To date, the only third-party app, Glance or Complication that has stood the test of time for me is CARROT Weather, where tapping on its Complication to get a quick snapshot of the current and short-term weather conditions has been of lasting value and use.
Much of what’s mentioned above are perhaps minor and personal niggles. But, they are niggles which have removed some of the small conveniences which had previously been reasons why I would reach for the Watch each morning. Once those conveniences began to disappear, the more significant failings of the first generation Apple Watch became more of a consideration. Instead of reaching for my Watch with the thought of those small conveniences, I was left asking whether I really wanted another day of lag, poor battery performance, connectivity issues, unreliable notifications and largely underwhelming third-party apps.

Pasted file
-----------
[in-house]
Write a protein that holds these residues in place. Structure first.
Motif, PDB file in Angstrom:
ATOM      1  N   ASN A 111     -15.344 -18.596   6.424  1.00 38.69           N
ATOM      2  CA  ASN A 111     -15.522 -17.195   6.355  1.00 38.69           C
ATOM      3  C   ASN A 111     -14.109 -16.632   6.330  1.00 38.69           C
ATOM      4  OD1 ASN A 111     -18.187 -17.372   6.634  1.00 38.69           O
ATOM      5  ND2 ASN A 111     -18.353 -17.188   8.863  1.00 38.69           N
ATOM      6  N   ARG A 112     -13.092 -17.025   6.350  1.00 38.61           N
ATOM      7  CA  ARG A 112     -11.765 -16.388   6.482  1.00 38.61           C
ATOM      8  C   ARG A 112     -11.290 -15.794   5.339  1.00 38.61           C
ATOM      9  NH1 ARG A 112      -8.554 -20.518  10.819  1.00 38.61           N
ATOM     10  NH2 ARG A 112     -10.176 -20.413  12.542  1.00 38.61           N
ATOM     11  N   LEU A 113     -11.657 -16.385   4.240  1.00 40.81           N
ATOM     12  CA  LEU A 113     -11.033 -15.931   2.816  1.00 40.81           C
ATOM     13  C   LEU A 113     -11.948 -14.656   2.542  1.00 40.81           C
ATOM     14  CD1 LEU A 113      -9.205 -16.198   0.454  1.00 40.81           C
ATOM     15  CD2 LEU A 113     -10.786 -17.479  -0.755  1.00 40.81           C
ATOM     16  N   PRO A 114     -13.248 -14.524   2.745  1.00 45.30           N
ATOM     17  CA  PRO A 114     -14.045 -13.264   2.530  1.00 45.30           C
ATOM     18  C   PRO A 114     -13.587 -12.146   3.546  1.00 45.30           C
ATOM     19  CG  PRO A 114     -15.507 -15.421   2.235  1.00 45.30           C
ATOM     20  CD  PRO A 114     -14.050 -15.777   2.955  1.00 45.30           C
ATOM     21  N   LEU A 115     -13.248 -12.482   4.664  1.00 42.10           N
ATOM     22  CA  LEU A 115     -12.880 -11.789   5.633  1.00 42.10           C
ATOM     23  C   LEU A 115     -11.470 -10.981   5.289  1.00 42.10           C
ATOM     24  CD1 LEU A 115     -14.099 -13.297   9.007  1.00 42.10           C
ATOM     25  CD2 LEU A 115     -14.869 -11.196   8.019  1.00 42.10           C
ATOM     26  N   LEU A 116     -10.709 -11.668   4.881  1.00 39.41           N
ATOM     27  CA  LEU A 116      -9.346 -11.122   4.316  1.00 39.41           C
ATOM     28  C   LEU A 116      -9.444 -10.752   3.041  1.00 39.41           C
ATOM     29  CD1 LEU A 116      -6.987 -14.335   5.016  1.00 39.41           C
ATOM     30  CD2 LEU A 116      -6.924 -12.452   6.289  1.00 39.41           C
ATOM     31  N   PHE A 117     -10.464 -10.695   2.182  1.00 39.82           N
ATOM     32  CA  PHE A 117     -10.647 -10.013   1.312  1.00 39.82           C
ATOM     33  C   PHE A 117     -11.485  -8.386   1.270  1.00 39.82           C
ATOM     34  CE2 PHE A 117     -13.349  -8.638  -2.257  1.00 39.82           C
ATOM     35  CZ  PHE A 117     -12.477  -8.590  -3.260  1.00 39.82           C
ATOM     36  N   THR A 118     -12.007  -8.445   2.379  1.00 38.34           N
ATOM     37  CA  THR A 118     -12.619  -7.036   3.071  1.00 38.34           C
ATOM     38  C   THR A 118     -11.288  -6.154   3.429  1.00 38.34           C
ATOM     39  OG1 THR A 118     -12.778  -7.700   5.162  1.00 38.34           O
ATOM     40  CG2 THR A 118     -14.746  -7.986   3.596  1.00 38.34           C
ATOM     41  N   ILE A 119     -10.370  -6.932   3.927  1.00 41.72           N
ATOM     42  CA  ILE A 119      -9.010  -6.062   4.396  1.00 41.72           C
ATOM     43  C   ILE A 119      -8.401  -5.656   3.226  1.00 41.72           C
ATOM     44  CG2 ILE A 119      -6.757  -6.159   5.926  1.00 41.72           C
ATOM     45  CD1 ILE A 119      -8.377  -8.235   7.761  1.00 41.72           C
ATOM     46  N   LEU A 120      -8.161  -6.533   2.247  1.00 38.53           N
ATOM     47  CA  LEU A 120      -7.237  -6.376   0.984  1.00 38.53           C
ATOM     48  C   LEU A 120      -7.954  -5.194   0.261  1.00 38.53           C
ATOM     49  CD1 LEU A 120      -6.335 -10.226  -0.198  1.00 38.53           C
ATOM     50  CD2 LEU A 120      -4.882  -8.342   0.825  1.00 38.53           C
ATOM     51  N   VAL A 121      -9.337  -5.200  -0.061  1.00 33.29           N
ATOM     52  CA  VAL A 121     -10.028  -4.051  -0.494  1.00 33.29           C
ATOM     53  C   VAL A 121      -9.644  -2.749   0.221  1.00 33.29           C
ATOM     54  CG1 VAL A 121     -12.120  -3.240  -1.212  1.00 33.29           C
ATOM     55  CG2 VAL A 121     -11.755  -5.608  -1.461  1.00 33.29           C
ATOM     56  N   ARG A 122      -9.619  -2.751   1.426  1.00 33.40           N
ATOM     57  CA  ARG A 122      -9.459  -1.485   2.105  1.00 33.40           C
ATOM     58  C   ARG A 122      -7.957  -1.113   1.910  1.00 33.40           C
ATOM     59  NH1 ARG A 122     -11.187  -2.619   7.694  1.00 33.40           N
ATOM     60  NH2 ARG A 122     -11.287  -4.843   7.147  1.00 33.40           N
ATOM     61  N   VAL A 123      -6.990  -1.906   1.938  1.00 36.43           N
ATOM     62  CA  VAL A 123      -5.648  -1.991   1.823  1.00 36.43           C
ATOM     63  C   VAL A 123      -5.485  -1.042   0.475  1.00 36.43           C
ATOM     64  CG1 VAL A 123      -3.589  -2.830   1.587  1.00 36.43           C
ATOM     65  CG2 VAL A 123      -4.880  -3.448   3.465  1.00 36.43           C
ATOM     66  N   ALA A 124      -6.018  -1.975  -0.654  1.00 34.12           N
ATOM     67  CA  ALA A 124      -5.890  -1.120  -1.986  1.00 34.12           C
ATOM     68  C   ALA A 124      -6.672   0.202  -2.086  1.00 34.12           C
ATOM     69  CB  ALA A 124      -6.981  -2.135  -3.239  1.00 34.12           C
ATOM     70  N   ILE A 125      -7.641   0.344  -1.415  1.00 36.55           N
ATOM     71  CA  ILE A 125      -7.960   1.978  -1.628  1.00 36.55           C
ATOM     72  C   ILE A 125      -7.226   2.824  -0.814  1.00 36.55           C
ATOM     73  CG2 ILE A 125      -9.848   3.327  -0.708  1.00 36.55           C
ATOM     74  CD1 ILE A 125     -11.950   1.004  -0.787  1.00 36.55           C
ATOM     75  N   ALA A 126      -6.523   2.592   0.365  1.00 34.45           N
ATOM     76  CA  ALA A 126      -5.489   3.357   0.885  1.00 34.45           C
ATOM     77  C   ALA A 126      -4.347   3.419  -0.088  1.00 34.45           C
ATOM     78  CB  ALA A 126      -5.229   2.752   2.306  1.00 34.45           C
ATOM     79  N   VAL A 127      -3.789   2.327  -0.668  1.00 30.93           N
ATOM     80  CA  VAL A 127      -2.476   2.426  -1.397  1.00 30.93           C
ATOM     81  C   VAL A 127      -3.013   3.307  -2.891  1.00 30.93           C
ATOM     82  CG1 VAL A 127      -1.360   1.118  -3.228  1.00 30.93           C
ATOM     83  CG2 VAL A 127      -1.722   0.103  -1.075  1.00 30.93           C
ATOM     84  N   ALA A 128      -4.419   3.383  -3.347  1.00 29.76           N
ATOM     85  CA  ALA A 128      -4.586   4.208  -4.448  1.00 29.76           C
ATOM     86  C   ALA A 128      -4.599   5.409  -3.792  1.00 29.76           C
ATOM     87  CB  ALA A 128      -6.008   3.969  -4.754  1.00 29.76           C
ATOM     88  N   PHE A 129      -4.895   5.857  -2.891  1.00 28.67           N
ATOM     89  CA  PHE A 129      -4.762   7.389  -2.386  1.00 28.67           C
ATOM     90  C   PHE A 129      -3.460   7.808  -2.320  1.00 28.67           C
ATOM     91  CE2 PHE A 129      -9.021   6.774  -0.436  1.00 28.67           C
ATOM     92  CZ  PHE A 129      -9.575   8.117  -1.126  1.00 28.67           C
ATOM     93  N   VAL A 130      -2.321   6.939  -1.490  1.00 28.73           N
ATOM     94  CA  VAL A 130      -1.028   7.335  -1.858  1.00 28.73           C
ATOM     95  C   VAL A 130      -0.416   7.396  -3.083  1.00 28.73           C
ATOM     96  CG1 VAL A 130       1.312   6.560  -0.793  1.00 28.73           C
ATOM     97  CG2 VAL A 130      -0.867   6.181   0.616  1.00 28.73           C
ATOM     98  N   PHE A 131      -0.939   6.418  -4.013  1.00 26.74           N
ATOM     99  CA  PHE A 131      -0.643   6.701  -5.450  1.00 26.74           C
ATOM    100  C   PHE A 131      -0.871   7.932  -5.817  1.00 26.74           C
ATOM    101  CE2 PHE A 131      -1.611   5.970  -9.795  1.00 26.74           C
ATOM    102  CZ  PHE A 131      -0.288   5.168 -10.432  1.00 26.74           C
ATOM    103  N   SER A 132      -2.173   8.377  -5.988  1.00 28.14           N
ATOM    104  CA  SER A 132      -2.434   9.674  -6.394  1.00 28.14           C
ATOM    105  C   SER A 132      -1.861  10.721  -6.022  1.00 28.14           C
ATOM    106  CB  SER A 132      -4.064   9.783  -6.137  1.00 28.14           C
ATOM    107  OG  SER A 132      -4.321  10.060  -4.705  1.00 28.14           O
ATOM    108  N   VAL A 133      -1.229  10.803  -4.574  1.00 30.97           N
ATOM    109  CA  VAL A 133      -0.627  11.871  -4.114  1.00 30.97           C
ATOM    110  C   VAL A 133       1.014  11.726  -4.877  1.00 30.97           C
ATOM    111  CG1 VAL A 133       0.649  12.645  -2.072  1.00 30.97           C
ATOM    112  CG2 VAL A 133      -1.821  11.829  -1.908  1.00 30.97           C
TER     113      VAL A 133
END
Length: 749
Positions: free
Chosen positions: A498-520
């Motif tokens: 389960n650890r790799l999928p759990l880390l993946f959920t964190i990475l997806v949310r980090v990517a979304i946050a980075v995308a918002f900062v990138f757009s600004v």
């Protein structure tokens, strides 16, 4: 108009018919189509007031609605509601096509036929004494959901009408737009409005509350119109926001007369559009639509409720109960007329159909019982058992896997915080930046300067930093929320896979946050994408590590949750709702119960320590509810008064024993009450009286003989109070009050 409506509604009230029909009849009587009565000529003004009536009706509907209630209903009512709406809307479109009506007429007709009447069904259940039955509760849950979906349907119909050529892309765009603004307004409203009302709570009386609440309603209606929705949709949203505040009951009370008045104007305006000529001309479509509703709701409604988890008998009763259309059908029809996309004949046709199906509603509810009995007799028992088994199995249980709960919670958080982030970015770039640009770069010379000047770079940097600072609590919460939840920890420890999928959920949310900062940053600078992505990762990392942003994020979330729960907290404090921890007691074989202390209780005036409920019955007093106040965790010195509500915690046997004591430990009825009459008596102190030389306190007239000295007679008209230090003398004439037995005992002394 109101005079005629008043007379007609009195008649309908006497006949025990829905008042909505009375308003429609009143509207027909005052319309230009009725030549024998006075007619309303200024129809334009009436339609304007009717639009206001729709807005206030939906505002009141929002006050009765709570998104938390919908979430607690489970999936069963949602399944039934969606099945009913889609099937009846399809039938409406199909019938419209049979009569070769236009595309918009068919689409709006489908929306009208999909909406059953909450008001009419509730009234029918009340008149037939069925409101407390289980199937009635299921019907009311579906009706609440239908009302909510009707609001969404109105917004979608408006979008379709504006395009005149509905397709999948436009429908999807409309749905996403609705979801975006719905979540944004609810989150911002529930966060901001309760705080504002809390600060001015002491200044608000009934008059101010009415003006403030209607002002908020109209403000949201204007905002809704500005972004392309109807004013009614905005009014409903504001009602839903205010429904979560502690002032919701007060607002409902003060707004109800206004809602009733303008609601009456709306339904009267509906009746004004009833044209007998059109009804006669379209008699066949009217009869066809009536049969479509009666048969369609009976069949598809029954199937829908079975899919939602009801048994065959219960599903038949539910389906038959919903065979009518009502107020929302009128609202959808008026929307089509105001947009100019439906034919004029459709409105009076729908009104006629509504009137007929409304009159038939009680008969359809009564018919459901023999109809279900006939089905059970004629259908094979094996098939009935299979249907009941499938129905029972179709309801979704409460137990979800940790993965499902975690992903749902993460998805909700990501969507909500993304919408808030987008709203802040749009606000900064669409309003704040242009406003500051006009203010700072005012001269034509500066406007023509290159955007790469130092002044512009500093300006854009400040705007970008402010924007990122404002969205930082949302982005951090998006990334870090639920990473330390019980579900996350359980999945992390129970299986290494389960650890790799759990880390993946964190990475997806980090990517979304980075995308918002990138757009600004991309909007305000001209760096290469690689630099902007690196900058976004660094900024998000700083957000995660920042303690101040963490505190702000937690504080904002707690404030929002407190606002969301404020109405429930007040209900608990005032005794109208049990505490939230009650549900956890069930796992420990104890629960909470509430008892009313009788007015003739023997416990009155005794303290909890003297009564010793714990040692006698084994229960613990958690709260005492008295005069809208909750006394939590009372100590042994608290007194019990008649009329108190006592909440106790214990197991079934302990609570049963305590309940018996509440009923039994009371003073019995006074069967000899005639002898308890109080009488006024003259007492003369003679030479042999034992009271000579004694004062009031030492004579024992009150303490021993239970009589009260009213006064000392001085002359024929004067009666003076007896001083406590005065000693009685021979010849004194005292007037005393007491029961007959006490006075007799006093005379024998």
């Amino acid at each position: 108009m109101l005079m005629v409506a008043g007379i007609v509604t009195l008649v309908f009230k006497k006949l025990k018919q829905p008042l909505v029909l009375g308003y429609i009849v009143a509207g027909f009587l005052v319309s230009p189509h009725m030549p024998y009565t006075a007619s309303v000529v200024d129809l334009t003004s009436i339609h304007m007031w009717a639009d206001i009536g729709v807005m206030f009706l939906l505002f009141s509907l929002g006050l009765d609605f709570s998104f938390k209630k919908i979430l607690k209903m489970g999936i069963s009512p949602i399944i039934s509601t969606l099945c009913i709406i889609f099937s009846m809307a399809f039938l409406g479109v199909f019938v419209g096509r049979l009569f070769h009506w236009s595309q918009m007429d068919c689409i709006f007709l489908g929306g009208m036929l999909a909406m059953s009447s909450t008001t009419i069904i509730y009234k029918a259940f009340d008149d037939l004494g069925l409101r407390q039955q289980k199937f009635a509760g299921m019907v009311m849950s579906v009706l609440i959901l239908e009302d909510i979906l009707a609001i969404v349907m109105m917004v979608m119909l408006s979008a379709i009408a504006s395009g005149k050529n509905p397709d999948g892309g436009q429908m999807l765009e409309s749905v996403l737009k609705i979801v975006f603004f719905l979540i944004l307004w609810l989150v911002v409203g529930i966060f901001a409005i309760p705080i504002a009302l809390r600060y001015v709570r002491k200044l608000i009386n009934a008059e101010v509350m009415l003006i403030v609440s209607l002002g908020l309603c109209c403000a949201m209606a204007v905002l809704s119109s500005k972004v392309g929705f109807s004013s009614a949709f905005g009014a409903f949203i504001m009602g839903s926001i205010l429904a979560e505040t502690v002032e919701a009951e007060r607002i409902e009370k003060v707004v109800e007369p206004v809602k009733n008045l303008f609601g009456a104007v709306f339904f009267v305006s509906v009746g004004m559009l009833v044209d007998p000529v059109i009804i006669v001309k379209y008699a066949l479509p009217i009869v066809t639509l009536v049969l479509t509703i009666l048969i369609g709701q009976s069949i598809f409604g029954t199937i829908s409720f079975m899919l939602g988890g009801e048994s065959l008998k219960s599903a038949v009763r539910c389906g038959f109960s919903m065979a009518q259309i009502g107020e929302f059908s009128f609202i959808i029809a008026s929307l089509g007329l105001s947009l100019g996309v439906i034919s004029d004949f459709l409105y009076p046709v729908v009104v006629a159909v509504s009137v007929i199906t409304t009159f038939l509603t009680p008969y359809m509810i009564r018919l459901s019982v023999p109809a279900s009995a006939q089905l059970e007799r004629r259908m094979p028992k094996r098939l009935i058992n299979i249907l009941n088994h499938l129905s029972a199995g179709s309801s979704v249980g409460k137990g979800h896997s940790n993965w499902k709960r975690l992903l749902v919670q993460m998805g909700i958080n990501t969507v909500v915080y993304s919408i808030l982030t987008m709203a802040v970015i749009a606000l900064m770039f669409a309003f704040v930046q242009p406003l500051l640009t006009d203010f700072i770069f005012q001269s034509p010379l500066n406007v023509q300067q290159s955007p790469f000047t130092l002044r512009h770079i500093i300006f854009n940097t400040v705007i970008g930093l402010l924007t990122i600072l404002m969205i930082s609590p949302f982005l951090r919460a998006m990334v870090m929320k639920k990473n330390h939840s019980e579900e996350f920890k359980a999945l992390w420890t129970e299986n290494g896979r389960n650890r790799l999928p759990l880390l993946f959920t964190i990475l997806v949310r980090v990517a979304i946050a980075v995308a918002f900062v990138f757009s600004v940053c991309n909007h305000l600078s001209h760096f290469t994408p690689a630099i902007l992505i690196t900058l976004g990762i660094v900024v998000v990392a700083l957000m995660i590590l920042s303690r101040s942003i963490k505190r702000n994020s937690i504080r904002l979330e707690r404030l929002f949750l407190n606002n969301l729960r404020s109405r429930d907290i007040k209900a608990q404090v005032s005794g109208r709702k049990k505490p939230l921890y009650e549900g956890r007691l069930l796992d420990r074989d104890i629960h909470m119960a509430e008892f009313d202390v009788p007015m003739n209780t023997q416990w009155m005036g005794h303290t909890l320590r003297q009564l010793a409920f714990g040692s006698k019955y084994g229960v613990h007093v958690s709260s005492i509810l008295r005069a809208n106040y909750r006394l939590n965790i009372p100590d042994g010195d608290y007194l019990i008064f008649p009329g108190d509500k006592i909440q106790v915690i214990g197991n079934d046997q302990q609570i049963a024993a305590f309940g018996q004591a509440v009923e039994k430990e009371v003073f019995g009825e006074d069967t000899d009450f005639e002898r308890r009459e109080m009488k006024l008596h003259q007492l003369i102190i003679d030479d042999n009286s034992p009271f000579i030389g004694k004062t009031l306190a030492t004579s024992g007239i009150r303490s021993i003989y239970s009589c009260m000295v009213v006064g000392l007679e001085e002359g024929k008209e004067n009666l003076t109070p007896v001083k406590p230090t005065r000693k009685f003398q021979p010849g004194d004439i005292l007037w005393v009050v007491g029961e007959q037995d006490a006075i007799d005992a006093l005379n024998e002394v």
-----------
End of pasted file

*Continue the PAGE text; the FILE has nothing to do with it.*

These more fundamental failings of the first generation Apple Watch are well-documented across the Internet, so I won’t rehash them again here.
However, I won’t skip the opportunity to raise a few more of my personal dislikes and disappointments, such as the dome on the back of the Watch containing the sensors and Taptic engine. This dome causes the main casing of the Watch to sit proud of my wrist. Consequently, this creates a ‘tunnel’ at the top and bottom of the Watch where the band connects. If I was still at a point in my life where I used pens and pencils, I am sure that I would use this as a handy place to store them when not in use. Yes, it’s minor, perhaps even specific to the shape and size of my wrist. But, the result for me is a significant hit on the pleasure which should come from having an Apple Watch on my wrist.